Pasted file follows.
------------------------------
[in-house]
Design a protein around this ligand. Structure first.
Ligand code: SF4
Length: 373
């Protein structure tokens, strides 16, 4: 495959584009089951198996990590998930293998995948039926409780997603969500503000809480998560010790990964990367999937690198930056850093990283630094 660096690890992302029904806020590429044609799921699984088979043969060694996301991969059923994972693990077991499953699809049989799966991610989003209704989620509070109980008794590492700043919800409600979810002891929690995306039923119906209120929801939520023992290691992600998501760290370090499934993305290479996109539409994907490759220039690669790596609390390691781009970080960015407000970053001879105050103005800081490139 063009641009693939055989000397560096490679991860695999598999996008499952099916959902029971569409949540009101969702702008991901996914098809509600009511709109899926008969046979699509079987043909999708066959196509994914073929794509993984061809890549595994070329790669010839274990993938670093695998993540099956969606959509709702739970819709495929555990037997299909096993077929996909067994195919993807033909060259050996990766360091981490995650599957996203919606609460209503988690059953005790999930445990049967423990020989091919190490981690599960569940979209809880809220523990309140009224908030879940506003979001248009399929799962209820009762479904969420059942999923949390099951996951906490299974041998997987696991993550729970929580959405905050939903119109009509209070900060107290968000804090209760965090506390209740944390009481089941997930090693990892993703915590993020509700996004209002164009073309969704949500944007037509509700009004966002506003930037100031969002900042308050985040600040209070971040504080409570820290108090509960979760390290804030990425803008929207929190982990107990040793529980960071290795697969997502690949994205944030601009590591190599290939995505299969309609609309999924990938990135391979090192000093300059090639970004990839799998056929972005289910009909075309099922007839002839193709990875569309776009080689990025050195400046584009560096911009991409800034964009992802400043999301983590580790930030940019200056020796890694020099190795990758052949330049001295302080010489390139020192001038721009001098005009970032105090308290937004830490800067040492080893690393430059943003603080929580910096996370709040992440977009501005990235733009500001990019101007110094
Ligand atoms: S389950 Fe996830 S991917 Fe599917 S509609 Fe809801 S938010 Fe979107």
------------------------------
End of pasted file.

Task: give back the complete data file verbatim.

[in-house]
Design a protein around this ligand. Structure first.
Ligand code: SF4
Length: 373
């Protein structure tokens, strides 16, 4: 495959584009089951198996990590998930293998995948039926409780997603969500503000809480998560010790990964990367999937690198930056850093990283630094 660096690890992302029904806020590429044609799921699984088979043969060694996301991969059923994972693990077991499953699809049989799966991610989003209704989620509070109980008794590492700043919800409600979810002891929690995306039923119906209120929801939520023992290691992600998501760290370090499934993305290479996109539409994907490759220039690669790596609390390691781009970080960015407000970053001879105050103005800081490139 063009641009693939055989000397560096490679991860695999598999996008499952099916959902029971569409949540009101969702702008991901996914098809509600009511709109899926008969046979699509079987043909999708066959196509994914073929794509993984061809890549595994070329790669010839274990993938670093695998993540099956969606959509709702739970819709495929555990037997299909096993077929996909067994195919993807033909060259050996990766360091981490995650599957996203919606609460209503988690059953005790999930445990049967423990020989091919190490981690599960569940979209809880809220523990309140009224908030879940506003979001248009399929799962209820009762479904969420059942999923949390099951996951906490299974041998997987696991993550729970929580959405905050939903119109009509209070900060107290968000804090209760965090506390209740944390009481089941997930090693990892993703915590993020509700996004209002164009073309969704949500944007037509509700009004966002506003930037100031969002900042308050985040600040209070971040504080409570820290108090509960979760390290804030990425803008929207929190982990107990040793529980960071290795697969997502690949994205944030601009590591190599290939995505299969309609609309999924990938990135391979090192000093300059090639970004990839799998056929972005289910009909075309099922007839002839193709990875569309776009080689990025050195400046584009560096911009991409800034964009992802400043999301983590580790930030940019200056020796890694020099190795990758052949330049001295302080010489390139020192001038721009001098005009970032105090308290937004830490800067040492080893690393430059943003603080929580910096996370709040992440977009501005990235733009500001990019101007110094
Ligand atoms: S389950 Fe996830 S991917 Fe599917 S509609 Fe809801 S938010 Fe979107």